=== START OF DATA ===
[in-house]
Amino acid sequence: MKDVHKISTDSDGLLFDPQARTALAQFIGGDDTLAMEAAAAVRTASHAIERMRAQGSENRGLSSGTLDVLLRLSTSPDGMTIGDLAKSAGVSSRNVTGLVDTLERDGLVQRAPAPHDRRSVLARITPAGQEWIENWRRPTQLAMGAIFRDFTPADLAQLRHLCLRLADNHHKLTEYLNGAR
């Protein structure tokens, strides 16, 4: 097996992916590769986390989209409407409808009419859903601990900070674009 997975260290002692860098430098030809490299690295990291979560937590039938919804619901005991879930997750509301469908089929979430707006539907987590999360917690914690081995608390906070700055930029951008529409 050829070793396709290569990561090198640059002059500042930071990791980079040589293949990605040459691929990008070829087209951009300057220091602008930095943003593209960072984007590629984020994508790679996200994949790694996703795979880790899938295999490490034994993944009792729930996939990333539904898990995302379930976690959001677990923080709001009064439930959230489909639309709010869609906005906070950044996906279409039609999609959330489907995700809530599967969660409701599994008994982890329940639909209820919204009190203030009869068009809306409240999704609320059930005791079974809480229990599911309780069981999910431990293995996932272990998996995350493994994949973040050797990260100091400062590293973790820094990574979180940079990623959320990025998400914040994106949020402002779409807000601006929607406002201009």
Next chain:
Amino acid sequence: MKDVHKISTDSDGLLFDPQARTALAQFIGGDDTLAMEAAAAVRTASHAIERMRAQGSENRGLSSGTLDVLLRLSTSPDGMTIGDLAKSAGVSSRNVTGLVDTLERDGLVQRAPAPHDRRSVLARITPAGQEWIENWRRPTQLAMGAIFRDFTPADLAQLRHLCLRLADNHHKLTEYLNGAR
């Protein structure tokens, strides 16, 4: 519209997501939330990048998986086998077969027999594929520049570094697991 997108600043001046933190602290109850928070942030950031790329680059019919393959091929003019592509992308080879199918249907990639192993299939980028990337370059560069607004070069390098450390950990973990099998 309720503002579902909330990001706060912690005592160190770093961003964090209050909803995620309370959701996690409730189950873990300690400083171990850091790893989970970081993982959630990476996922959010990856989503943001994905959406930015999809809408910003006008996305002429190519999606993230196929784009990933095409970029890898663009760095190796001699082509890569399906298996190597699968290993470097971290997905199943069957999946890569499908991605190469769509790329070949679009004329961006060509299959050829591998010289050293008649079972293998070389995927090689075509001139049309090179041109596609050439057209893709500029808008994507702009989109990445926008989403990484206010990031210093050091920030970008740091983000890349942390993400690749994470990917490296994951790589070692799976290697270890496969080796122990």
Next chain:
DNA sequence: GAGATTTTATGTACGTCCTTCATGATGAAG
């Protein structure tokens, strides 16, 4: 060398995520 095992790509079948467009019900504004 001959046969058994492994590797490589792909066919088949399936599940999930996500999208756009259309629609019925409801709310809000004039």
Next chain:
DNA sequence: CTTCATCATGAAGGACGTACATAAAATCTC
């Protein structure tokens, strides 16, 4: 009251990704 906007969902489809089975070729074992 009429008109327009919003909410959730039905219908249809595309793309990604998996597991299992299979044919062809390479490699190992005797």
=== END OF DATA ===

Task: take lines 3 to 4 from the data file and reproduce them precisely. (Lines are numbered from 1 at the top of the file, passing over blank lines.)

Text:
């Protein structure tokens, strides 16, 4: 097996992916590769986390989209409407409808009419859903601990900070674009 997975260290002692860098430098030809490299690295990291979560937590039938919804619901005991879930997750509301469908089929979430707006539907987590999360917690914690081995608390906070700055930029951008529409 050829070793396709290569990561090198640059002059500042930071990791980079040589293949990605040459691929990008070829087209951009300057220091602008930095943003593209960072984007590629984020994508790679996200994949790694996703795979880790899938295999490490034994993944009792729930996939990333539904898990995302379930976690959001677990923080709001009064439930959230489909639309709010869609906005906070950044996906279409039609999609959330489907995700809530599967969660409701599994008994982890329940639909209820919204009190203030009869068009809306409240999704609320059930005791079974809480229990599911309780069981999910431990293995996932272990998996995350493994994949973040050797990260100091400062590293973790820094990574979180940079990623959320990025998400914040994106949020402002779409807000601006929607406002201009």
Next chain: